Question...this group has 'talked' quite a bit about the advantages of
have non-run flats tires. One of the points brought up was that the tire
pressure should be keep a little higher than the 30psi recommended for
the Goodyear run flats. So... for those with non-run flat tires, what
pressure do you keep your tires at?
You won't get the tire builder or the dealer to give you an answer on that
one. Best to look at a car that uses the tire brand you pick and see what
they are supposed to use. Another way is to set it on a very smooth surface
and blow it up until you see the edges lift. Then back it off so you have a
flat tire patch on the road which should be about 10% more than the run
flats as a maximum. I've run anywhere form 31 to 33, even tried 35 but it's
to harsh and won't stick in straight line acceleration. At the present time
I'm running 31 cold which will build to about 33 hot.
RUN FLATS SUCK!!!! If you run what they tell you, pressure and alignment,
the back wear out in the middle and the front wears out on the inside edge,
cups. Four set all did the same thing, first set I had 4 wheel alignments
twice before I took them off and threw them away. Second set was the same
thing with one alignment at 4,000, replaced them with none run flats. Third
set was the same thing on the '04 with one alignment at 8,000 I put on the
first set of none run flats I kept from the first C5. Fourth set was the
same thing with one alignment at 8,000, couldn't stand them at 15,000 and
replaced them with none run flats.
I'm only on about 2,000 on the '06 with none run flats and it's like getting
a new car.
how many miles were on your c-5? I have over 80k, 4 or 5 sets of the
fact runflats. I had no prob with them , except they don't last long.
I get even wear , and have never had an alignment. Diit with my
neighbor, who has over 100k on his 00 C5. the stock goodyears have a
higher speed rating than the competition as well.
What I do like about the runflat is besides being a good perfomance
tire, is its inherent safety feature. And the money you save on
buying non runflats may be spent on rim repair when you get a flat.
alignment was because they cupped in the inside front at about 7,000, all 4
sets, which includes this C6. I have no rough roads, no curbs to bump and
park in a garage and the alignment showed no need to change its settings.
By the way, there was no cupping on the non runflats on any of the C5s with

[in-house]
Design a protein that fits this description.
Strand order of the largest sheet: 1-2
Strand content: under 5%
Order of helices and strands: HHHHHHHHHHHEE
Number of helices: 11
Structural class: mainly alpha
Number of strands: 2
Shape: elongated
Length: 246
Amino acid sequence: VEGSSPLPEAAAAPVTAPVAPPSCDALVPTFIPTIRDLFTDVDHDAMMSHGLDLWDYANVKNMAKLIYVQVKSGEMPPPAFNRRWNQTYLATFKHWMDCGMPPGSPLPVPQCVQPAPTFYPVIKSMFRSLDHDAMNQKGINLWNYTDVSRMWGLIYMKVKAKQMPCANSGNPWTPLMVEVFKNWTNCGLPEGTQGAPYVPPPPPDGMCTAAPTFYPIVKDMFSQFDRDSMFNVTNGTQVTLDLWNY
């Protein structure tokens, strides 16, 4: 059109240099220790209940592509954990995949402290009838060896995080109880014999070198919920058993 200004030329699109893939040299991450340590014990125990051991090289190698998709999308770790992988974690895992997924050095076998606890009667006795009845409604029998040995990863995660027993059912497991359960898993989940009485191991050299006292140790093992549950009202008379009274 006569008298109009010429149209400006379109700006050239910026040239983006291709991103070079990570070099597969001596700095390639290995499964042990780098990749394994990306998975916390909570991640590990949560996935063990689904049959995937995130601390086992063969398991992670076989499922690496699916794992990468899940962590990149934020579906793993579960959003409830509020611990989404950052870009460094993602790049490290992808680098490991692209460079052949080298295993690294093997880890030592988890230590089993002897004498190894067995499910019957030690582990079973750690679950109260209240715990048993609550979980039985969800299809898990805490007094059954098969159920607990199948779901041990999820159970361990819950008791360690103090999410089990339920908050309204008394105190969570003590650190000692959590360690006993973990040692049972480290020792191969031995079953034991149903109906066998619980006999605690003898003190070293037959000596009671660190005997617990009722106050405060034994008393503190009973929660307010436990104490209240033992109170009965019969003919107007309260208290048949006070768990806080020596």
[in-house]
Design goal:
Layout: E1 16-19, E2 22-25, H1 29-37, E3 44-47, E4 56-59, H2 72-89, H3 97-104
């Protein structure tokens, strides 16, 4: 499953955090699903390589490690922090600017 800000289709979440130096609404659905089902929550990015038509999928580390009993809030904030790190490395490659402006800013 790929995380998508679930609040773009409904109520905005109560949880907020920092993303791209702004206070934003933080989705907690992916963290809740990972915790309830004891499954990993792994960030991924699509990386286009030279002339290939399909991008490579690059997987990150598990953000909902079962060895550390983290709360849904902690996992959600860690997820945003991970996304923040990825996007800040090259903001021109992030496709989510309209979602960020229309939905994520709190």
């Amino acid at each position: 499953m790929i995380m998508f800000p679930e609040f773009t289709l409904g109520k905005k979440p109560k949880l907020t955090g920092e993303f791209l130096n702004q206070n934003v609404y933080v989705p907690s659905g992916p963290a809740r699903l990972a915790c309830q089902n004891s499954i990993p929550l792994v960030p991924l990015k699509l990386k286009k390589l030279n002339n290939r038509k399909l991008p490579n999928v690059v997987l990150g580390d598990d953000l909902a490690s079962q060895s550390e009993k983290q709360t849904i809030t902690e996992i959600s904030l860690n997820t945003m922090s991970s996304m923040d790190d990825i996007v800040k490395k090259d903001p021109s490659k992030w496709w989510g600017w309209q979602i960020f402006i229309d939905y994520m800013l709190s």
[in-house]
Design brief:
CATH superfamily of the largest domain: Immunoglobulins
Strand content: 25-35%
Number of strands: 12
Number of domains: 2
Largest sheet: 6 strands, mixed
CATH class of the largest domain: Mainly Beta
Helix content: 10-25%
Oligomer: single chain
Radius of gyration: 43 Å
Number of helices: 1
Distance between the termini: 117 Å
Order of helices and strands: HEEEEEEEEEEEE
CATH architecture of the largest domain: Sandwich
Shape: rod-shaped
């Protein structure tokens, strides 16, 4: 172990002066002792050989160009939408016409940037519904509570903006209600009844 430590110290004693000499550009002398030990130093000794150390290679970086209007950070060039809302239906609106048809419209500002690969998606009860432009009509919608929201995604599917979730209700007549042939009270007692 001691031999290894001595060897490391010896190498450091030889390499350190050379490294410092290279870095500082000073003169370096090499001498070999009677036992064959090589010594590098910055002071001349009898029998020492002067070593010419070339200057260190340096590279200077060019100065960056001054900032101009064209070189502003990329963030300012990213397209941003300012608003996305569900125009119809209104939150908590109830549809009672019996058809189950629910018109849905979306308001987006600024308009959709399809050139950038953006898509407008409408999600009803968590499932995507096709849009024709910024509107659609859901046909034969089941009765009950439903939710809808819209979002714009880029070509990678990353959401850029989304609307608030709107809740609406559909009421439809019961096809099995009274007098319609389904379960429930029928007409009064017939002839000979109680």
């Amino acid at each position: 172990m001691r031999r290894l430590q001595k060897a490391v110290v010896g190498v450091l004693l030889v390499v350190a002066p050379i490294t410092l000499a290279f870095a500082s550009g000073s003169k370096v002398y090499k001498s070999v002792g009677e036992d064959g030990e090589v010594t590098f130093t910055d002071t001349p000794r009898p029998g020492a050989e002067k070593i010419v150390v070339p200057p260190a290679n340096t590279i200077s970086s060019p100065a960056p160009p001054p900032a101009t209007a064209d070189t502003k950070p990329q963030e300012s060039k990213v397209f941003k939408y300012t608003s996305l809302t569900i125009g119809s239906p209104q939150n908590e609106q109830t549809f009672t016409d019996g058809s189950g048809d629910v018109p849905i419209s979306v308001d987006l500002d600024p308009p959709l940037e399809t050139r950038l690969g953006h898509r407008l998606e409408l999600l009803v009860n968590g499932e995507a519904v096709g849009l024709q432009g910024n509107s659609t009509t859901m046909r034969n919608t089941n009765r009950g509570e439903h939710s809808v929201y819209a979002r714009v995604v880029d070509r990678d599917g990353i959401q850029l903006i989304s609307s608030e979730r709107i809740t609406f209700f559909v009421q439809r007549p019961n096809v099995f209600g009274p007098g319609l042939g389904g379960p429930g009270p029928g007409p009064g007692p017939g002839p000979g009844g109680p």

3 times the miles on them. My driving tends to be long sustained drives at
speed, not short trips. My effort is not to save money but to have a safe
tire that will allow me to have a conversation without the tires singing so
loud it's impossible. I do my short trips and shows, (if I do any shows) in
my ''72, my feelings since 1957 have always been that to enjoy a Corvette
you drive it, not show it off.
When was the last time you saw a 35 series tire let the rim hit the road?
One of the first things I did in '97 was to take the valve core out of one
and drive the runflat to see what it would handle like. Being curious I did
the same thing with the non runflats and yes they let you down some but they
are controllable. You hear the runflat and you feel the non runflat, but you
would have had the low tire pressure warning long before a leak would have
you in trouble. Now a blow out or a severely ruptured tire is a whole new
ball game with either tire.
My theory is that the runflats are not made for sustained speed driving. The
heavy edge blocks get to hot and start to sling out causing edge wear,
cupping. My last set went to GM mounted on the rims after they were
replaced, rim, sensors, and mounted. They checked them at 1,400 and 8,000
miles and they still cupped. That was just a couple of weeks ago and I've
heard nothing yet, will be happy to just get my wheels back, they can have
As a note my third set of runflats had 7,500 miles on them two weeks after I
took delivery of the '04, they were replaced with non runflats that week. If
they would have fit the C6 they would be on there today.
One thing I'll say for the car and the tire is that they are strong. Going
through the Rockies in heavy traffic I nailed a rock about the size of a
softball at speed and it sounded like it tore the right wheel and front end
off. Brought up the tire pressure and watched it until I could get to a turn
off and there was no pressure lost. Other then a scratch on the bumper cover
and a cut in the air dam there was no visible damage. Later that day I found
an alignment shop in Buffalo and had them check it, everything OK.
Drive what you're happy with, me, I'm not happy with the runflats.
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